President Obama's nomination of Alan Krueger as his top economic adviser Monday gave bloggers the opportunity to dig through the Princeton University labor economist's political and academic career. The 50-year-old replacement of outgoing chairman of the White House Council of Economic Advisers Austan Goolsbee returned to the ivory tower a year ago after working as assistant treasury secretary for economic policy in the Obama administration. For this new appointment, he'll have to clear the Senate confirmation process once again. Here's what we know about him:
His reputation Catherine Rampell at The New York Times lays it out like this:
Dr. Krueger is considered a liberal-moderate economist, but has supporters on both sides of the aisle. Greg Mankiw, a Harvard economist who served as the chairman of President George W. Bush’s Council of Economic Advisers, endorsed the forthcoming announcement Monday as “an excellent choice by President Obama.”
Why conservatives don't like him His scholarship on taxes, the minimum wage and Obama's "Cash for Clunkers" program stick out in particular. Daniel Mitchell at the libertarian CATO Institute says "I'm worried about Krueger's sympathy for a value-added tax (VAT)." He then links to an argument written by Krueger in 2009 noting the benefits of a "5 percent consumption tax," which would raise $500 billion a year and "fill a considerable hole in the budget outlook" while encouraging "more savings in the long run" and lowering "long-term interest rates." Conn Carroll at The Washington Examiner bemoans Krueger's support of Cash for Clunkers, which caused the "destruction of over half-a-million perfectly functioning automobiles."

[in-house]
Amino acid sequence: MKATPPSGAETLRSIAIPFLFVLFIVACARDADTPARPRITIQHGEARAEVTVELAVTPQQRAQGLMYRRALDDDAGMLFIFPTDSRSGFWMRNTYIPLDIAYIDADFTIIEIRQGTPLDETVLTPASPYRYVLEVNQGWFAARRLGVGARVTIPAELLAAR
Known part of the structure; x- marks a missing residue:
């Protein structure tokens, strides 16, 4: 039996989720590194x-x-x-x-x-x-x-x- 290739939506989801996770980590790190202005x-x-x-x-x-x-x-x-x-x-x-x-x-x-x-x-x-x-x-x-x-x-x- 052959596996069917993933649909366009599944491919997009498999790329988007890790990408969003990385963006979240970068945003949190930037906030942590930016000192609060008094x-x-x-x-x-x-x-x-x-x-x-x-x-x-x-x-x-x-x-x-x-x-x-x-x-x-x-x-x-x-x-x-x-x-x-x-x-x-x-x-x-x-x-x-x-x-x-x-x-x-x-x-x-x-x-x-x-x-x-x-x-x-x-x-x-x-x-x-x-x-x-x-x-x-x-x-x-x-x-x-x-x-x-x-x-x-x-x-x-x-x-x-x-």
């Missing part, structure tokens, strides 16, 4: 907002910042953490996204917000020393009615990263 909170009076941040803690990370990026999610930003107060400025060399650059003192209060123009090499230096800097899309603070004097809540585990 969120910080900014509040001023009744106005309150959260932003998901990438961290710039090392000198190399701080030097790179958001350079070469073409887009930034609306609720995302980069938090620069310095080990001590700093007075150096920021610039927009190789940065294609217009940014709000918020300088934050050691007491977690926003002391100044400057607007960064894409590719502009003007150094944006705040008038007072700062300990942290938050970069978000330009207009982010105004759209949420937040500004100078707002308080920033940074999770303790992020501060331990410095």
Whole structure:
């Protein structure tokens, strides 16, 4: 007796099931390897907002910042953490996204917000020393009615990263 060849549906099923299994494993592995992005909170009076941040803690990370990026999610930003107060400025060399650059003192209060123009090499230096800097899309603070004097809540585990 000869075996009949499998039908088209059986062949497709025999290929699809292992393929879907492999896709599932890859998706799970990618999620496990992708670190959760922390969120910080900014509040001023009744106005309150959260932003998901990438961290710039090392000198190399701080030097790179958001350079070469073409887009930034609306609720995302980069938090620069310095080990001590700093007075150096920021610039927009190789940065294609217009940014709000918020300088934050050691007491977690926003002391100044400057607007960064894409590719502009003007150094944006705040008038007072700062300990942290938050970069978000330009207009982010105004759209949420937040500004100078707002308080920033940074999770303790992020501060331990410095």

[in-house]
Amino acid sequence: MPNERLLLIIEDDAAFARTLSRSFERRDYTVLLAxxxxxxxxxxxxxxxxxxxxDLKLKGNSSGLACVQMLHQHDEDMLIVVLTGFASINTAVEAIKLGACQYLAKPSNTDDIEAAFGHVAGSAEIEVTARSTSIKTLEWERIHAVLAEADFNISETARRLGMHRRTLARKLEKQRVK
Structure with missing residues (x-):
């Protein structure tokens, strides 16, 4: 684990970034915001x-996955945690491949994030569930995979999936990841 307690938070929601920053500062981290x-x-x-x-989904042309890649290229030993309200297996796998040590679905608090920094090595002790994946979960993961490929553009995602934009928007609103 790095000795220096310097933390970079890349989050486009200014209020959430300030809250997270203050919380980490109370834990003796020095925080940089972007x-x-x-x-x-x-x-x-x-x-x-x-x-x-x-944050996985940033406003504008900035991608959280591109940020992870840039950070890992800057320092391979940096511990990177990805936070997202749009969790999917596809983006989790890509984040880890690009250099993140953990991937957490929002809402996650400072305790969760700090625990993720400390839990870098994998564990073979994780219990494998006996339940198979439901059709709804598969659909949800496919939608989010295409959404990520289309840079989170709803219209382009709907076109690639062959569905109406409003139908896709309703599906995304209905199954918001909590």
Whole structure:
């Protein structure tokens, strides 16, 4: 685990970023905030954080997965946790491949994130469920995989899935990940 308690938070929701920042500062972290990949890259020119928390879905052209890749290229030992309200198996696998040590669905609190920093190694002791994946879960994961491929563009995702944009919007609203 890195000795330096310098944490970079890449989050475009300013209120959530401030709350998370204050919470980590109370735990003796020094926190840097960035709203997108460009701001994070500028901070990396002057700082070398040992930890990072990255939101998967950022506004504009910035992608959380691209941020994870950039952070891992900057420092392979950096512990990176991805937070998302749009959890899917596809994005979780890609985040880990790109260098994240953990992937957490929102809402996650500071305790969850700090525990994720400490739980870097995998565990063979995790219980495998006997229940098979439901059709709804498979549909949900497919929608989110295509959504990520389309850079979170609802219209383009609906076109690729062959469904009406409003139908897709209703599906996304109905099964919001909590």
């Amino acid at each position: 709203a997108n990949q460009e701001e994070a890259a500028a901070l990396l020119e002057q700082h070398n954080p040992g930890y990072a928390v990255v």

Why liberals really like him Steve Benen at the Washington Monthly praises Krueger's ability to do battle with Republicans. "Krueger's academic work has frequently played a valuable role in the political discourse. When congressional Republicans blatantly lied about the costs of a cap-and-trade plan, it was Krueger who set the record straight. When conservatives said in 2009 that slashing the minimum wage would boost the economy, Krueger explained why the opposite is true." Jonathan Chait at The New Republic is a big fan of Krueger's scholarship on the minimum wage: "Krueger, along with Alan Card, studied fast food restaurants in New Jersey (which raised its minimum wage from $4.25 to $5.05) and western Pennsylvania (which did not change its minimum wage.) They found that New Jersey did not suffer higher unemployment among minimum wage workers."
What he'll be doing The Associated Press says he'll be on the front lines for the president.
Krueger is likely to become an important public face for the administration on the economy. Both Roemer and Goolsbee, Obama’s two previous CEA chairs, were frequent spokesmen for the president, appearing on television and at White House events to promote the president’s policies.
That role could be even more important in the coming months, as a host of would-be Republican successors travel around the country, campaigning hard for the GOP presidential nomination by focusing, in no small part, on Obama’s handling of the economy.